The Intel E5400s SSD is the first solid-state drive for laptops. This is a laptop-focused SSD, so what it has to offer may not be enough for some PC gamers or prosumers. However, if you are looking for an affordable option that can handle heavy workloads and multitasking, the Intel E5400s SSD might be your answer. The laptop-focused nature of this device means that its energy efficiency is second only to the new U series processors. It also means that this device will provide sufficient power at a fraction of the size of any traditional hard drives on the market today. This makes it an excellent choice for anyone who needs more power without compromising on portability. We’ve put together some helpful specs
What is an Intel E5400s SSD
Intel E5400s SSD can be configured either with SATA 6Gbps or M.2 2280, but it is worth going for the 6Gbps version as it will deliver lower latency and be more scalable for most usage scenarios. However, the M.2 variant is faster than SATA 6Gbps for data transfers. It has an affordable price tag and uses a 2.5″ form factor for storage. Design and Features The E5400s SSD comes with an all aluminium body and as the company claims, it is ‘best-in-class cooling solution with over 85 per cent of the flash area being sound-proofed. The built-in cooling system, silent operation and silent-switching speeds make it perfect for a gaming rig. The company further claims that the cable length is 9.9m, which should help in terms of longevity.
Why should you buy the Intel E5400s SSD
Okay, this is a fairly unique one. The Intel E5400s SSD is a standard SATA HDD (4TB) without any consumer-targeted branding. That is aimed at the enterprise market. You might think, “well why would anyone want to buy this as a high-performance (already slow) storage device?” The answer is: people are. It has a hot-plugging interface that’s directly attached to the motherboard’s DRAM so there are no connectors to get in the way, they fit in the standard Micro-ATX case size, and they only cost about half as much as any SSD with the same storage capacity that comes with a SATA connector.
How We Tested The Intel E5400s SSD
Intel, like most manufacturers, doesn’t release specific specs for their SSDs; instead, they’ll usually focus on the respective drive’s features. A lack of hard specs doesn’t mean a lack of effort, though, as Intel didn’t release any kind of criteria for our testing. For this review, we opted to test the drives we purchased, and as a result, we only had an Intel 800p Black Edition on hand. A nice touch is that there’s a nice-looking paper tag that can be attached to the top of the drive with a pin when it’s not in use to indicate whether or not it’s in use. I’m sure there are some other factors we should take into account, but we’ll talk about those in future reviews. Given that the SSDs are soldered to the motherboard, there isn’t much you can do beyond keeping it cool.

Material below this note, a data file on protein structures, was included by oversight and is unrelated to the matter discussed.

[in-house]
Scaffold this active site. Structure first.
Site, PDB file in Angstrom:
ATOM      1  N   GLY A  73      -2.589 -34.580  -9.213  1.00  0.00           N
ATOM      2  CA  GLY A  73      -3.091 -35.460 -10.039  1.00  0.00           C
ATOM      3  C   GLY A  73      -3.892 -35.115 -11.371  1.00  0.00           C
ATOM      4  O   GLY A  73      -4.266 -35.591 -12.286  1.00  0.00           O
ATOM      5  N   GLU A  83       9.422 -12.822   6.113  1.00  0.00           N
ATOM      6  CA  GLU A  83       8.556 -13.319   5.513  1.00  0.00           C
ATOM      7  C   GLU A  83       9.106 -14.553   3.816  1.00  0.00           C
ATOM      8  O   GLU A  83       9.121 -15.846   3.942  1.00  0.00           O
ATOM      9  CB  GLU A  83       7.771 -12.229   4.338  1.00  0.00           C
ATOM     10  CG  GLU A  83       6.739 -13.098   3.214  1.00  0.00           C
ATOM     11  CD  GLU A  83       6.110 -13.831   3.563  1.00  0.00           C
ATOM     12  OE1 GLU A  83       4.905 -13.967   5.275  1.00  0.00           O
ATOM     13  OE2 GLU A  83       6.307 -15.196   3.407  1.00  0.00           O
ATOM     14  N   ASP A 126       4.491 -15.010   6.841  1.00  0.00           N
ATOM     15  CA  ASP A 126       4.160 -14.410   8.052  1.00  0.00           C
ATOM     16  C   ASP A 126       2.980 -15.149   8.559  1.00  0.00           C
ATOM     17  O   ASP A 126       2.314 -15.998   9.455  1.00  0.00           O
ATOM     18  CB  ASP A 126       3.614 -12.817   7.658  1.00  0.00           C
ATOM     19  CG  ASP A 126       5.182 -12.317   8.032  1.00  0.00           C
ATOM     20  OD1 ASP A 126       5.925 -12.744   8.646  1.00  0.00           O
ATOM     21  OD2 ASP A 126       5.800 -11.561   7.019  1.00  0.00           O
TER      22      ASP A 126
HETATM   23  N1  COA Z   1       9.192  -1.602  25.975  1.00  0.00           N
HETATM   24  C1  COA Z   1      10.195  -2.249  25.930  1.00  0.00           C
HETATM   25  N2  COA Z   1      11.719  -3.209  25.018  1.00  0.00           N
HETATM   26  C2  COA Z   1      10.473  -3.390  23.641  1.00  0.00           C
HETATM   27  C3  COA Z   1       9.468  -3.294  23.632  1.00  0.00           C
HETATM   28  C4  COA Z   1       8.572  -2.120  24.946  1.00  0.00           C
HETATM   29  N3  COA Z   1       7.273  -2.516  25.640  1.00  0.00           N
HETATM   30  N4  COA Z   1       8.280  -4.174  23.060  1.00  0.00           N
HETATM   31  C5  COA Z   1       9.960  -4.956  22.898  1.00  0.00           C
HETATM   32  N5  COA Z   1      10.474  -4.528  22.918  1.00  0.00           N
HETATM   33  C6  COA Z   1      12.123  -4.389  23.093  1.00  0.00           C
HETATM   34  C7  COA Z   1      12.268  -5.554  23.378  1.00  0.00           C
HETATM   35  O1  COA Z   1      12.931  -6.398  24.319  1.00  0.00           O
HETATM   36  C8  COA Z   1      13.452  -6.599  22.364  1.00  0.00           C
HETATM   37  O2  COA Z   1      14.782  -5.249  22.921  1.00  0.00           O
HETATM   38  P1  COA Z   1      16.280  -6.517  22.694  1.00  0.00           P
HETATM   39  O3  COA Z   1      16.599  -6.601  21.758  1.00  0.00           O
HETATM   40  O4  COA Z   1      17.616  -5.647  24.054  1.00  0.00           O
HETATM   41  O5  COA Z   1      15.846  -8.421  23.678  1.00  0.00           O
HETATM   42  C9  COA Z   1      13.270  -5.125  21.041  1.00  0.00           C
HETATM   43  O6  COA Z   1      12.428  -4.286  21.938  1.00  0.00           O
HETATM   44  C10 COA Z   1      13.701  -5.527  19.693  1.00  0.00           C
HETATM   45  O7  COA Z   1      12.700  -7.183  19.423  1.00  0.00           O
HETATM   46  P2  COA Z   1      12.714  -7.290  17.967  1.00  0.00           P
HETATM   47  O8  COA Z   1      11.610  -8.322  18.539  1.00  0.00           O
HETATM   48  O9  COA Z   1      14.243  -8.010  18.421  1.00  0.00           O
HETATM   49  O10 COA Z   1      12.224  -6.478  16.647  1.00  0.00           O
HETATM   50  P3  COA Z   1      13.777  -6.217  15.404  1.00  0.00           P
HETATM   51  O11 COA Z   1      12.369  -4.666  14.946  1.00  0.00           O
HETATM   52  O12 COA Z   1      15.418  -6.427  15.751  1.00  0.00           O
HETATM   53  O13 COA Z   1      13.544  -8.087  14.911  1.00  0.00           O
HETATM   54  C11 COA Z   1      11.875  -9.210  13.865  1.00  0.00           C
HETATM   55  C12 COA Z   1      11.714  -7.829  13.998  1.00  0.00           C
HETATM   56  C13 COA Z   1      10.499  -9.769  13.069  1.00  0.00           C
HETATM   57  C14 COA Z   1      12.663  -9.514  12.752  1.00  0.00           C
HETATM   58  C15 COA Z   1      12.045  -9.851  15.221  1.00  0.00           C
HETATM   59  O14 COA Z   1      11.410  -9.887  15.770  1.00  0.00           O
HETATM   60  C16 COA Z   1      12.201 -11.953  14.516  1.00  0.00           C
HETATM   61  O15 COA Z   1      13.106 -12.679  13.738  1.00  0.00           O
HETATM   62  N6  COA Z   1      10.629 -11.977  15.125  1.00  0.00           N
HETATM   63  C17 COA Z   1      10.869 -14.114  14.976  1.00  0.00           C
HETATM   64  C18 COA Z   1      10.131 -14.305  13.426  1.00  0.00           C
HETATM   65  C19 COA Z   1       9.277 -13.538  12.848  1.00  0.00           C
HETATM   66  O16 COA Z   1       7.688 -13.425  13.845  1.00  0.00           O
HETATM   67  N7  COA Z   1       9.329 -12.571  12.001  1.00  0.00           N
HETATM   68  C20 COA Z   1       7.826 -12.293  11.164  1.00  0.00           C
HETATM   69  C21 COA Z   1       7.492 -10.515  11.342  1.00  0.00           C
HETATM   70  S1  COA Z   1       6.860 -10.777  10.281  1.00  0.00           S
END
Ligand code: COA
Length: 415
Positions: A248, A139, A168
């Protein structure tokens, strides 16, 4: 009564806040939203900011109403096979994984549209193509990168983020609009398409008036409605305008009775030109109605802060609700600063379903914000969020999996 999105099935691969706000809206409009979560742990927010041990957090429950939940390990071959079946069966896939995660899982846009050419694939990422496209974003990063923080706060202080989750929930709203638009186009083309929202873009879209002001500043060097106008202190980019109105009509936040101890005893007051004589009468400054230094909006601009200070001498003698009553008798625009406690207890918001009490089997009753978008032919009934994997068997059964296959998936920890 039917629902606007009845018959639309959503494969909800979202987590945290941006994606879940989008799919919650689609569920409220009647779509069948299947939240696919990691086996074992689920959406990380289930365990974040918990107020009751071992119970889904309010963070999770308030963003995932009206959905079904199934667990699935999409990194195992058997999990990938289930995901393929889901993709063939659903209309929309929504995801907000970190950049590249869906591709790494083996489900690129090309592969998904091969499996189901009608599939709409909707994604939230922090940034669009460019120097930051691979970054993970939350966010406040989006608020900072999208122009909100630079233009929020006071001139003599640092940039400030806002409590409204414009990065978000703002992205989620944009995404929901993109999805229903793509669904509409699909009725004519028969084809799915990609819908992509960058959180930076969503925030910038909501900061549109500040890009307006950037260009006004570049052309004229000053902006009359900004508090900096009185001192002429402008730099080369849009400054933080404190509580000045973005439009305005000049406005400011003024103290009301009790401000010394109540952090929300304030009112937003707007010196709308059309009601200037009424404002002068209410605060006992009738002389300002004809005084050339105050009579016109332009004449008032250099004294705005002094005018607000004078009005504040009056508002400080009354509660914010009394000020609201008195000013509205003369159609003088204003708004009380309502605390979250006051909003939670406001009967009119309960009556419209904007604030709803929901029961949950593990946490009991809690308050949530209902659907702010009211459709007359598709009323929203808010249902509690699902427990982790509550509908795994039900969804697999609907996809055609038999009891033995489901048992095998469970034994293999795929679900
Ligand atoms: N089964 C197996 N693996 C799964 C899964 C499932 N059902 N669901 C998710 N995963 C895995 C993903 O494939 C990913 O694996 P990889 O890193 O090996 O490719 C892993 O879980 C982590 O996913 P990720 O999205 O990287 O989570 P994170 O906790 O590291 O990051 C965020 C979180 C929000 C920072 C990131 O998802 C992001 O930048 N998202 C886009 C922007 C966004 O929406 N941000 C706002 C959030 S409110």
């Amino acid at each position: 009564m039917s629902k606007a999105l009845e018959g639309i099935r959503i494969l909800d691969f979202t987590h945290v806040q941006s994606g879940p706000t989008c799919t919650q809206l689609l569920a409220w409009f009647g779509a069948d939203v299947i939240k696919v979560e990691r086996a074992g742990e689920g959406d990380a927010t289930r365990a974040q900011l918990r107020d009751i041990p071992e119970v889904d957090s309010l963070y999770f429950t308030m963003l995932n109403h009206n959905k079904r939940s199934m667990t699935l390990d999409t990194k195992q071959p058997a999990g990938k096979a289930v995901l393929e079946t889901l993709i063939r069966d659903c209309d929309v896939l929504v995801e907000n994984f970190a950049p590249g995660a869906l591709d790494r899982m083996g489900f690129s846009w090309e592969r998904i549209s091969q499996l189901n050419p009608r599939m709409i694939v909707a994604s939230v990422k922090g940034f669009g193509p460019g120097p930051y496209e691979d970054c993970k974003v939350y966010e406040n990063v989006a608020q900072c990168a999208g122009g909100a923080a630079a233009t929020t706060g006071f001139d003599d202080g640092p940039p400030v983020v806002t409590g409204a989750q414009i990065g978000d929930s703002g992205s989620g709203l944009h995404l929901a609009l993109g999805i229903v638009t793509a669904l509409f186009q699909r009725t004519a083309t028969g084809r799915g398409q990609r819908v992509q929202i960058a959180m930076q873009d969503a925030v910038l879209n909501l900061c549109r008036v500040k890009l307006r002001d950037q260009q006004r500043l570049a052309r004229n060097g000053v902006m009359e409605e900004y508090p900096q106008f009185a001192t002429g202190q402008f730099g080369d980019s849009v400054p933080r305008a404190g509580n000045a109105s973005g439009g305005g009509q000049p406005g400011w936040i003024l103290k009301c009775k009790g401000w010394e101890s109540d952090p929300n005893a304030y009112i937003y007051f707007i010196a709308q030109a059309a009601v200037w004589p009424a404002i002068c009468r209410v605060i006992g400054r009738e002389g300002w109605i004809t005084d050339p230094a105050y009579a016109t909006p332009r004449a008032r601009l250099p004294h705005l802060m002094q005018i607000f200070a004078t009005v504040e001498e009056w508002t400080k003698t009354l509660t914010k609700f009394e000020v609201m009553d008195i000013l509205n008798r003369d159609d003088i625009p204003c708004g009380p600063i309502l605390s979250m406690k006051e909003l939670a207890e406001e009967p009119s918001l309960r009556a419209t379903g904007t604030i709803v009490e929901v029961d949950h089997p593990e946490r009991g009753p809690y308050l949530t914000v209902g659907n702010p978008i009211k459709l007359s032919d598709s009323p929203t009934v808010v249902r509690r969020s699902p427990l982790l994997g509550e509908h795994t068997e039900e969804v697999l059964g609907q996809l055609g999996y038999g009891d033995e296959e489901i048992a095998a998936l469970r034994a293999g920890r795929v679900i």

What We Looked For In The Intel E5400s SSD
Intel SSDs are a big deal to the OEM and HPC markets. The brand carries a lot of power (especially the enterprise) and Intel has proven that it’s not just their data centre and enthusiast mainstream products that turn our heads. It seems they have plenty of clout in the OEM market and that’s a big reason why Intel sees so much demand from a lot of these large OEMs. Some OEMs, like Lenovo, regularly use Intel E5 series CPUs in their server and workstation products, as well as their consumer stuff. Some OEMs, like HP, even use Intel’s Xeon processors for the servers they build. This, too, has proven to be good for Intel. The Intel E5400 SSD is, essentially, a higher-capacity version of the mainstream Intel SSD 900P range.
Is Intel E5400s SSD Worth The Price?
Having read the reviews for the X25-M SSDs, the market is up for the Intel i7-2600K chip right now and as a result the PCIe 3.0 x4 Intel E5400 drives have a hard time finding a real buyer. You will find overpriced and overrated drives if you even look on Amazon and at around $115 the drive does indeed seem to be very overpriced. That being said you can find some decent performance in this build for $85 or under. The Intel E5400s can fit in any 3.5″ format M.2 slot and thanks to the unique technology in this drive you can see random read and write speeds up to 1735MB/s and 1901MB/s respectively which is really fast for a SATA M.2 drive, even if that kind of performance is definitely at the upper range
My opeinon about E5400s SSD
Previously, we have been testing NAND based SATA disks, as they appear to be the most promising technology for consumers. However, it doesn’t mean that it isn’t possible to get a good readout with SATA. In fact, we have already covered a few like Seagate Barracuda: Capacitive Writing. But there is always room for a slight improvement in the type of interface, so we decided to give a shot at a dedicated Intel solution. While there is an easy solution for most home users to get one – a USB 2.0 to SATA adapter – that’s not as practical for most mobile users. The SSD is based on 8Gb (dual-channel, double-sided) TLC NAND flash, developed for enterprise use, specifically with password-less authentication systems.